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Redefining your role, post-recovery
August 1, 2018

Redefining Your Role in the Household, Post-Recovery

Redefining your role, post-recovery Chemical dependence is always a family problem. If you have an addiction disorder, chances are other members of your household have unconsciously encouraged it, usually in one or more of the following forms:

  • Talking in terms of “needing” or “deserving” a drink or pill
  • Subjecting you to stress in the form of unreasonable expectations
  • Predicting you were “bound to” or “always would” be a “drunk” or a failure
  • Reacting to your drug use with nagging or blame
  • Covering up for or otherwise enabling your addiction

Hopefully, your decision to get treatment was accompanied by a whole-family decision to get involved in therapy and make changes in household dynamics. A major point of concern will be: As a recovering addict, what future role will you play in the household? Chances are you’ve been either the chronically dependent soul or the proud and overachieving head of household—or the former when you were high and the latter when you were sober. Unless you take steps to avoid sliding back into those roles, the household won’t get much healthier and you’ll be in worse danger of addiction relapse.


You’re likely the “take-charge” type, feeling obligated to handle everything and show no weakness. Since the most gifted of us are only human, trying to be beyond reproach will quickly raise your stress levels into the “intolerable” zone. You don’t have to abdicate as family leader, but do draw on democracy rather than monarchy for your leadership principles.

  • Regularly ask other members of the household—even the youngest—for input and ideas.
  • Eliminate “Because I said so” from your vocabulary. Think through the “whys” of instructions, and always be ready to hear the other party’s point of view.
  • Never hold back on apologies or other reparations you owe—in making amends for addiction-related wrongs or in making up for the ordinary mistakes of everyday life. Your family will respect you more, not less, for admitting you aren’t infallible.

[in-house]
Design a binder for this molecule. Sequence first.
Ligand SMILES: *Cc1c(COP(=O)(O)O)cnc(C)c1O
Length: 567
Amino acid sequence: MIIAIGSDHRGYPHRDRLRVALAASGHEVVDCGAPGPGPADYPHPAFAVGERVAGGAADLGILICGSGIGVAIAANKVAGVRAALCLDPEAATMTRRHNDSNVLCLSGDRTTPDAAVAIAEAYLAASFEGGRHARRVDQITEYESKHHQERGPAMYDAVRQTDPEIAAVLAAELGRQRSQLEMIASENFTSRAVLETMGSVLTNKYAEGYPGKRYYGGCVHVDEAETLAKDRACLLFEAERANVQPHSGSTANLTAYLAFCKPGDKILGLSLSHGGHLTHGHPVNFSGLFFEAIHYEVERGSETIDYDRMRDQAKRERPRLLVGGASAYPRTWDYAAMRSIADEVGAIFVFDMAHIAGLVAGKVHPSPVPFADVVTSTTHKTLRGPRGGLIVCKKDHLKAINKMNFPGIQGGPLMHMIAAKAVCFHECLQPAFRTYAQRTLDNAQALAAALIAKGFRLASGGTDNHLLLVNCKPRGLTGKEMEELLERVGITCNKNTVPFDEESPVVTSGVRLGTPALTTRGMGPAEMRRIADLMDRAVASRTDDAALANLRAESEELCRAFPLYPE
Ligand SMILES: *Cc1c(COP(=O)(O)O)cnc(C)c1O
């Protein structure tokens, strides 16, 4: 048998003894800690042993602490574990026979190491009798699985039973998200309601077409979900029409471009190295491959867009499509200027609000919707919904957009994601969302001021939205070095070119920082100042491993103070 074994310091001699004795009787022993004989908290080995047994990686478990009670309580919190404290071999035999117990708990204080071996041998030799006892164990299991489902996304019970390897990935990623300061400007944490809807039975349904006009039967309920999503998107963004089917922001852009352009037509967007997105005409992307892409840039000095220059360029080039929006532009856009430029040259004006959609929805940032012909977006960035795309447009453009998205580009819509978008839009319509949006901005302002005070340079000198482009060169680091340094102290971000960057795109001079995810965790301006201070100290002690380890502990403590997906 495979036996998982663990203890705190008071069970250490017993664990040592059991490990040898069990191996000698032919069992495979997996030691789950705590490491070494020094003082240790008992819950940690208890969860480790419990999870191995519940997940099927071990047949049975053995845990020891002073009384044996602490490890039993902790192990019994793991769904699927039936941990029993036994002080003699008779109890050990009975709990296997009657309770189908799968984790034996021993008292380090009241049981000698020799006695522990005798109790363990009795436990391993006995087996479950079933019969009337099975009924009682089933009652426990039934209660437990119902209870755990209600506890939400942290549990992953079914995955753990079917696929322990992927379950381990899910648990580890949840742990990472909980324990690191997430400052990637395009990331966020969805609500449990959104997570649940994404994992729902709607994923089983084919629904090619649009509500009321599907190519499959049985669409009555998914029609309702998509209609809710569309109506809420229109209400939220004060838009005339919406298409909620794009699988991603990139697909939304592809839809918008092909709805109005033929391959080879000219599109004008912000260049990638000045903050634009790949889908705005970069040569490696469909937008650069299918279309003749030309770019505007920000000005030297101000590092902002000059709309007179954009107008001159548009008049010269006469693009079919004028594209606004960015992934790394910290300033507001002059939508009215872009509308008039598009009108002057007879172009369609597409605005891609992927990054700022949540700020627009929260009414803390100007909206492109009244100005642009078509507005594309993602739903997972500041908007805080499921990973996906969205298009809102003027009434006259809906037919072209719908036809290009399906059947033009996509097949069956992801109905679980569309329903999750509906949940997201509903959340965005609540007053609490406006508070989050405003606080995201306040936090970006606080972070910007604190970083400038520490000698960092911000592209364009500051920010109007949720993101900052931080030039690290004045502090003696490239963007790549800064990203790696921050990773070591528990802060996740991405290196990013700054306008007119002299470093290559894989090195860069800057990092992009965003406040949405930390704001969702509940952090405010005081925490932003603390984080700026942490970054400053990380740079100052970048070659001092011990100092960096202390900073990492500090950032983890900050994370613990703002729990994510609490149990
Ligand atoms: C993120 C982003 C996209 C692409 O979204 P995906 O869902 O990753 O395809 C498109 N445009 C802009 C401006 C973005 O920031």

• Especially if you lack an adult partner in the household, beware of trying to do “everything.” There’s nothing unreasonable about expecting kids to clean up after themselves or fix their own supper (as long as you don’t micromanage their work and demand flawlessness). However, even the most responsible seventeen-year-old isn’t ready to be your full-time chauffeur or psychiatrist. Connect with outside adult help.


You’re likely accustomed to thinking of yourself as “just” a stay-at-home parent, and of your partner as the “smart” one who does the “important” work. Assuming your partner isn’t toxic or abusive, you can build your self-esteem (and reduce relapse dangers) by taking more of an equal-partner role.

  • Reevaluate who’s actually doing what, and what’s fair to expect from everyone, in terms of household maintenance.
  • Remember that “I have to be perfect” can be no less a temptation for you than for someone in the “head of household” position. Let a little dust collect now and then. Serve microwaved meals if you’ve had an exhausting day. Unless your children are under kindergarten age, let them be responsible for their own bedrooms. If things are still overwhelming, consider hiring outside help.
  • Cultivate interests outside the home. This will reinforce your self-esteem and your commitment to sobriety.


Chances are you’ve still taken either the “leader” or the “dependent” role. Consider which of the above points apply to you, and implement them. (Family therapy is helpful here.)


Your parents may be tempted to “baby” you in the name of helping you recover. Resist the appeal of basking in such pampering: it’s detrimental all around.

  • Take your share of responsibility for keeping the house in order.
  • Commit yourself to doing your best in school and other outside activities.
  • If you’ve stolen or damaged your parents’ property, insist on paying them back through money or labor, even if they say, “Forget about it.”
  • If you have siblings, make whatever amends you owe them as well. And do what you can to defuse hard feelings over the “special attention” your illness and recovery have brought you.


If you’re reasonably able-bodied and sound-minded, make alternate living arrangements as soon as possible: relying on family for basic needs will hurt your commitment to staying sober. If you need caretaking, find other ways you can make active contributions to the household (e.g., reading to the children or recording an oral history for the family).


  • If you’ve been harboring any resentment over your role in the household, get things out in the open and resolved.
  • Develop interests that appeal to your passions, not just your sense of obligation.
  • Look for regular opportunities to help with chores, do favors and show love to your family.